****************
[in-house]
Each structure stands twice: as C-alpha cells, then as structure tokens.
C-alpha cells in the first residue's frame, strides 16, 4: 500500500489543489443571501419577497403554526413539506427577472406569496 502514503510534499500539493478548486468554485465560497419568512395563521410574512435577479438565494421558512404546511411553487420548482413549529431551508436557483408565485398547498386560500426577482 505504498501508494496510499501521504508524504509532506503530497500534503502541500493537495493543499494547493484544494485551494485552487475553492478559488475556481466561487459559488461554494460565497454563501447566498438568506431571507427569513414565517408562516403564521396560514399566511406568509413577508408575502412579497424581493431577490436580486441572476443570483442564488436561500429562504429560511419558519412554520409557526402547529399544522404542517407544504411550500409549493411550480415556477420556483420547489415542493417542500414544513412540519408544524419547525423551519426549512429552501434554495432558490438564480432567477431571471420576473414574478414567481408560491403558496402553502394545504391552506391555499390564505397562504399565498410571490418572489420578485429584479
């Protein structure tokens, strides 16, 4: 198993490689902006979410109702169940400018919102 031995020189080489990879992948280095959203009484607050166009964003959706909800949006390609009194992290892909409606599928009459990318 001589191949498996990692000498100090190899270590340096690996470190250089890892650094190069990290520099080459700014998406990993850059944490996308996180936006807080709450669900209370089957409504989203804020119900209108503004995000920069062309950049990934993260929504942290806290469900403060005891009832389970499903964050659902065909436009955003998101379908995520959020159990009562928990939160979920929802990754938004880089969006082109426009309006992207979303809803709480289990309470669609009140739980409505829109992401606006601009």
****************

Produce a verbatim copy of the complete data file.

[in-house]
Each structure stands twice: as C-alpha cells, then as structure tokens.
C-alpha cells in the first residue's frame, strides 16, 4: 500500500489543489443571501419577497403554526413539506427577472406569496 502514503510534499500539493478548486468554485465560497419568512395563521410574512435577479438565494421558512404546511411553487420548482413549529431551508436557483408565485398547498386560500426577482 505504498501508494496510499501521504508524504509532506503530497500534503502541500493537495493543499494547493484544494485551494485552487475553492478559488475556481466561487459559488461554494460565497454563501447566498438568506431571507427569513414565517408562516403564521396560514399566511406568509413577508408575502412579497424581493431577490436580486441572476443570483442564488436561500429562504429560511419558519412554520409557526402547529399544522404542517407544504411550500409549493411550480415556477420556483420547489415542493417542500414544513412540519408544524419547525423551519426549512429552501434554495432558490438564480432567477431571471420576473414574478414567481408560491403558496402553502394545504391552506391555499390564505397562504399565498410571490418572489420578485429584479
């Protein structure tokens, strides 16, 4: 198993490689902006979410109702169940400018919102 031995020189080489990879992948280095959203009484607050166009964003959706909800949006390609009194992290892909409606599928009459990318 001589191949498996990692000498100090190899270590340096690996470190250089890892650094190069990290520099080459700014998406990993850059944490996308996180936006807080709450669900209370089957409504989203804020119900209108503004995000920069062309950049990934993260929504942290806290469900403060005891009832389970499903964050659902065909436009955003998101379908995520959020159990009562928990939160979920929802990754938004880089969006082109426009309006992207979303809803709480289990309470669609009140739980409505829109992401606006601009």